HOT weather can do serious harm to your health, NHS chiefs in Cambridgeshire warned this week. Although many people enjoy the strong sunshine, vulnerable groups, such as elderly people and young children, needs to take care to protect themselves from the
HOT weather can do serious harm to your health, NHS chiefs in Cambridgeshire warned this week.
Although many people enjoy the strong sunshine, vulnerable groups, such as elderly people and young children, needs to take care to protect themselves from the harmful effects of the sun and heat.
The advice from NHS Cambridgeshire is to keep out of the heat as far as possible, try to stay cool, drink water or fruit juice regularly, and seek advice from a doctor, pharmacist or NHS Direct if you feel unwell or develop unusual symptoms.
Health chiefs advise planning your day to avoid being outside during the hottest hours - 11am until 3pm - confining strenuous activity to the early morning and evening, stay in the shade, and wear a hat and loose-fitting clothes.
Shutting up your home by day and ventilating it by night - second nature to people who live in Mediterranean countries - will help to reduce the discomfort of a heatwave, and cold water or a damp cloth on the face and back of the neck will make you feel more comfortable.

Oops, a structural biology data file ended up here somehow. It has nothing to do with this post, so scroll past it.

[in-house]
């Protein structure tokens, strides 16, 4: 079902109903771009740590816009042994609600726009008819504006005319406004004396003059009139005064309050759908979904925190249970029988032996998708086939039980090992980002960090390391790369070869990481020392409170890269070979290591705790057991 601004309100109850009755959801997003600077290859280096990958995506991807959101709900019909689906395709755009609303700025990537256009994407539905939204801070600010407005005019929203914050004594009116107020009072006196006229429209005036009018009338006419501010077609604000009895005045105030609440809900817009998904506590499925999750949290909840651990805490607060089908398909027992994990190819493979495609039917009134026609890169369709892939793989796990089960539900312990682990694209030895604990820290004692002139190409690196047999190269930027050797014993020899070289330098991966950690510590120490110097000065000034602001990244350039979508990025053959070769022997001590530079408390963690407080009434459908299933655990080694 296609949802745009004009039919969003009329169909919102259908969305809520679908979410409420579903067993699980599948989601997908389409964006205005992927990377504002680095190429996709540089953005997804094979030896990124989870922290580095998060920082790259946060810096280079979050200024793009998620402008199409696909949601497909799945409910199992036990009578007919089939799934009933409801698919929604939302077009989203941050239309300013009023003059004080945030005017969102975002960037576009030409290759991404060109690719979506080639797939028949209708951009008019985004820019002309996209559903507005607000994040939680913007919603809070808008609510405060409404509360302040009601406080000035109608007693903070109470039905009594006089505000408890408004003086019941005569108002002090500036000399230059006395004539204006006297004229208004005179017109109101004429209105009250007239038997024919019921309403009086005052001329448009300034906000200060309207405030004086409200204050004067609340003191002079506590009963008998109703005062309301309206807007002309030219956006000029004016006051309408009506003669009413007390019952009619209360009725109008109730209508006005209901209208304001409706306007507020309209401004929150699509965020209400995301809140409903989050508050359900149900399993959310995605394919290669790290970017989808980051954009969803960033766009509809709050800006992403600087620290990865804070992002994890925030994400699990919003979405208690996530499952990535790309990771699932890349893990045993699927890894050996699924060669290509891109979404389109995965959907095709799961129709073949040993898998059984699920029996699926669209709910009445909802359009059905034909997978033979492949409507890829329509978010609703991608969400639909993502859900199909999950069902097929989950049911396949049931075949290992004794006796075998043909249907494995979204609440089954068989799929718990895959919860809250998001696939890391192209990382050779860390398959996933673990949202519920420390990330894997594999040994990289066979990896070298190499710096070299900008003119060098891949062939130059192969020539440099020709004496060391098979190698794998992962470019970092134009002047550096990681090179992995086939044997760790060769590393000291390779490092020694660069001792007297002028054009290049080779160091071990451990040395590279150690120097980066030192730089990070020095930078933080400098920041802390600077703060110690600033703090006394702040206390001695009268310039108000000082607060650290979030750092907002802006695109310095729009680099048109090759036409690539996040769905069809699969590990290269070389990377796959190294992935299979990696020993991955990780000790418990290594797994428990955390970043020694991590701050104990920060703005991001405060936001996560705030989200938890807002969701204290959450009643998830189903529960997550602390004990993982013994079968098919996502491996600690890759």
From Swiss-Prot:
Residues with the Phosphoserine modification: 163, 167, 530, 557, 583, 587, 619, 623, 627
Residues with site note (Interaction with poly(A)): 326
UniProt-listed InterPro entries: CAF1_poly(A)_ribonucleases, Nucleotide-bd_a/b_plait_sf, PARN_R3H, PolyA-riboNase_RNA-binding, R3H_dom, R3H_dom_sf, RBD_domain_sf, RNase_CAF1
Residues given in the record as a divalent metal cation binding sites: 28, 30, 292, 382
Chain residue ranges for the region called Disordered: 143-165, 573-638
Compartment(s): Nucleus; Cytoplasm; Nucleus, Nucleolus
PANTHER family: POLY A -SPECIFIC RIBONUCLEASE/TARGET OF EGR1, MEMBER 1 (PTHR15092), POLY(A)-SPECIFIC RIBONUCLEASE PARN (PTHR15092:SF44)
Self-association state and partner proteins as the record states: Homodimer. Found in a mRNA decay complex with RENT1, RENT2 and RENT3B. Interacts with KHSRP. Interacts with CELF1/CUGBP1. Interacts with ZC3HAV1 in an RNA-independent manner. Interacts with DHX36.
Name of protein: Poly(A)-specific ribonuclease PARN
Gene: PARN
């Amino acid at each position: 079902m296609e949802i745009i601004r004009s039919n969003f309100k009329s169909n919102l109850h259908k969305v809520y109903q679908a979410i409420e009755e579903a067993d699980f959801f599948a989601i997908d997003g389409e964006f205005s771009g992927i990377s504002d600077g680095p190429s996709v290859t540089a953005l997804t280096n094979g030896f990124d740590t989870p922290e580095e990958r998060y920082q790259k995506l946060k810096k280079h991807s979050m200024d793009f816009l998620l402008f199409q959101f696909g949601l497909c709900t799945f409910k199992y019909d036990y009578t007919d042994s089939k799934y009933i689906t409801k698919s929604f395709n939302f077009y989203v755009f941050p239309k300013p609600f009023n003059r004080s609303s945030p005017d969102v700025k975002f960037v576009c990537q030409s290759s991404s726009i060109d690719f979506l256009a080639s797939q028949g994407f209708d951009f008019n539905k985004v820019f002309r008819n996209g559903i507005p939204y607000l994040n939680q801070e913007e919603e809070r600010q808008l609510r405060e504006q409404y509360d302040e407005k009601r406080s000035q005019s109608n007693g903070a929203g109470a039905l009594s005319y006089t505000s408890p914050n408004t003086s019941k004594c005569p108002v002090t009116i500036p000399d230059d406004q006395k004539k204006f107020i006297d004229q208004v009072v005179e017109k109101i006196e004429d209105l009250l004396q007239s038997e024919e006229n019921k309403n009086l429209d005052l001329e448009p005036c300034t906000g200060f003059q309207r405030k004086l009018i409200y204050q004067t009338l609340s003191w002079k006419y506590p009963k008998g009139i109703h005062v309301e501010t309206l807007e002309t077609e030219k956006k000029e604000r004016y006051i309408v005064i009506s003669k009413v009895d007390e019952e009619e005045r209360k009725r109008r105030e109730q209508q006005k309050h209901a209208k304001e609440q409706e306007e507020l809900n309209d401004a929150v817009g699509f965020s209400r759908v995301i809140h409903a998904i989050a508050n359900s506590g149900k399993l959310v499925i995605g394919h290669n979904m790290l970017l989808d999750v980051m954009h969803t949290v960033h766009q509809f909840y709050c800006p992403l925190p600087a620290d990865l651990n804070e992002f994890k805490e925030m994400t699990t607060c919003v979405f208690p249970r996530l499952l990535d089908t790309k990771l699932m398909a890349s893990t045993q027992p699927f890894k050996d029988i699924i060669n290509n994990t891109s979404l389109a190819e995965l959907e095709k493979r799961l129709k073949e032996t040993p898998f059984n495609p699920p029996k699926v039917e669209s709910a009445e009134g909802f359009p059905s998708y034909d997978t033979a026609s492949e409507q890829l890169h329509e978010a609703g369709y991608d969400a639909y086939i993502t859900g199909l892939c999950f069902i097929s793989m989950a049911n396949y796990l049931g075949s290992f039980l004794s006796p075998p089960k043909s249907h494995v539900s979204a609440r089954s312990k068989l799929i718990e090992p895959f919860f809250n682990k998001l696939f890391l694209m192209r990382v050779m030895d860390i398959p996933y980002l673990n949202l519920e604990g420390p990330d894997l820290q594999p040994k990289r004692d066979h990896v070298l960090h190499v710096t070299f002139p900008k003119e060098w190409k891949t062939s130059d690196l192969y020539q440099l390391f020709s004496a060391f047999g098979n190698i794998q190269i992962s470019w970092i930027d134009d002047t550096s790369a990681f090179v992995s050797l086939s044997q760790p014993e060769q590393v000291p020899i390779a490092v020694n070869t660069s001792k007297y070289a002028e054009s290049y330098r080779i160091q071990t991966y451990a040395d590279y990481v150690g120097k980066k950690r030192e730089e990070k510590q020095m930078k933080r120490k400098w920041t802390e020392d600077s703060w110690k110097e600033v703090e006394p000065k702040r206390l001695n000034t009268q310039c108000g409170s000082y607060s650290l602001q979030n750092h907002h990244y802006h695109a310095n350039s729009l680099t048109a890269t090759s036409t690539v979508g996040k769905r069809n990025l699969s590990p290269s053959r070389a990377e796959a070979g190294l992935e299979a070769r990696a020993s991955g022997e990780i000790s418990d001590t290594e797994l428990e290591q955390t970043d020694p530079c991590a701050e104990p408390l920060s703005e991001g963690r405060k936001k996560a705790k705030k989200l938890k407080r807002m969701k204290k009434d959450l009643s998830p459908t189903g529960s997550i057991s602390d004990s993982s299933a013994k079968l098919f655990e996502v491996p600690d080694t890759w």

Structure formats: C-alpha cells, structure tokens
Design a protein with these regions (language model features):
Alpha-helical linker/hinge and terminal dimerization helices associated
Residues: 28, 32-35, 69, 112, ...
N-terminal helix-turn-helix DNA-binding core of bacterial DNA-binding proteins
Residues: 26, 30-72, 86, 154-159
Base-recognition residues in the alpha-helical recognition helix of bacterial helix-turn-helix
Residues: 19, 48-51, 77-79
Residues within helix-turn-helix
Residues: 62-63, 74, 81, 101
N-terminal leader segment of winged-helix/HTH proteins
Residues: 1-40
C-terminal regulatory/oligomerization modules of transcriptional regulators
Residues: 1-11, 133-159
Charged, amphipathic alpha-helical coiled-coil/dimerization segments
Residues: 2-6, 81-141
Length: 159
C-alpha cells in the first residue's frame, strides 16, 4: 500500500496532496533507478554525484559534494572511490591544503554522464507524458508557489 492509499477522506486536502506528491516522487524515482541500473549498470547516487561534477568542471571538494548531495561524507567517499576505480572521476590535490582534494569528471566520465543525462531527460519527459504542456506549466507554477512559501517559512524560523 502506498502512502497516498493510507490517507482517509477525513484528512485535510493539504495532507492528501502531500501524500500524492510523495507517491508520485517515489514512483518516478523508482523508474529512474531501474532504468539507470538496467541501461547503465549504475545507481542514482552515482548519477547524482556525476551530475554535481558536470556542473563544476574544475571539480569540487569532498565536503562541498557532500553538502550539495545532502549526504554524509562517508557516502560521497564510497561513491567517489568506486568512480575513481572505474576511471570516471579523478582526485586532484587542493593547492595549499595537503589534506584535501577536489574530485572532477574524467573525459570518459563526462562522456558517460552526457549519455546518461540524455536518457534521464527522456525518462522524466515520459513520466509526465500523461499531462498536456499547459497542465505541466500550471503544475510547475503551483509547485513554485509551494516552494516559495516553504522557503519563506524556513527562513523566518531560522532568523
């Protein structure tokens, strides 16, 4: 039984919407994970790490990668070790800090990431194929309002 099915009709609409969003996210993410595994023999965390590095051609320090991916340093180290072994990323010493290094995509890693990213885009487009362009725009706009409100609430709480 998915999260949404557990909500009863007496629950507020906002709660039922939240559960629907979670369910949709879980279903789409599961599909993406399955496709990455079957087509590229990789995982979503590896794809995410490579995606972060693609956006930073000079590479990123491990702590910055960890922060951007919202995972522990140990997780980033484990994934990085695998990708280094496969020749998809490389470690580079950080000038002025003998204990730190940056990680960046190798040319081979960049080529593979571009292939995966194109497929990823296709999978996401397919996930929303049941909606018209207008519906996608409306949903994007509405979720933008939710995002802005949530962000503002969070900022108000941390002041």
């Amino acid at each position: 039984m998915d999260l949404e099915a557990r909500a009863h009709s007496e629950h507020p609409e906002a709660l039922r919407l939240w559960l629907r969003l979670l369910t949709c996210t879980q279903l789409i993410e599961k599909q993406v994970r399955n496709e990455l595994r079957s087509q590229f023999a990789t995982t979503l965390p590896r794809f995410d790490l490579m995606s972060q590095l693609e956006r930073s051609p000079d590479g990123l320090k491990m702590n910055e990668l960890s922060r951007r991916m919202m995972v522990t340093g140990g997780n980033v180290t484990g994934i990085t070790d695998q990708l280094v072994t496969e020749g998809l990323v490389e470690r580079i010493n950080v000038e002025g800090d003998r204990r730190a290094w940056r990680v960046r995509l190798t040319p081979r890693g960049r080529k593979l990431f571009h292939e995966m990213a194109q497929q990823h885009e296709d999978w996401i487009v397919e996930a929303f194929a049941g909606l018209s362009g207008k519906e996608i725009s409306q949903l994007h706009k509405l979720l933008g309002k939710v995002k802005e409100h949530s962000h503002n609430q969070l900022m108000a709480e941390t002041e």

NHS Cambridgeshire advises drinking regularly, even if you do not feel thirsty, and avoiding alcohol, tea and coffee. You should eat normally and favour cold foods, such as salads and fresh fruit.
"Contact your doctor, a pharmacist or NHS Direct if you are worried about your health during a heatwave, especially if you are taking medication, if you feel unwell or have unusual symptoms," health chiefs advise.
"Watch for cramp in your arms, legs or stomach, feelings of mild confusion, weakness or problems sleeping. If you have these symptoms, rest for several hours, keep cool and drink water or fruit juice. Seek medical advice if they get worse or don't go away."
Dr Dennis Cox, director of clinical strategy at NHS Cambridgeshire, added: "It is important that you look after yourself and others during this current hot spell. Most people enjoy warm, sunny weather, but extreme heat can be very dangerous, particularly for vulnerable groups, such as the very young or elderly.
"In a heatwave it is possible that you may get dehydrated and your body may overheat. If you have heart or respiratory problems, this will make your symptoms worse.
"Heatstroke can develop if heat exhaustion is left untreated, but it can occur instantly without warning. Symptoms include headaches, nausea, an intense thirst, sleepiness, hot, red, dry skin and a high rise in temperature.
"If you are concerned that you may be developing heatstroke you should contact your doctor, pharmacist or NHS Direct - www.nhsdirect.nhs.uk or telephone 0845 4647.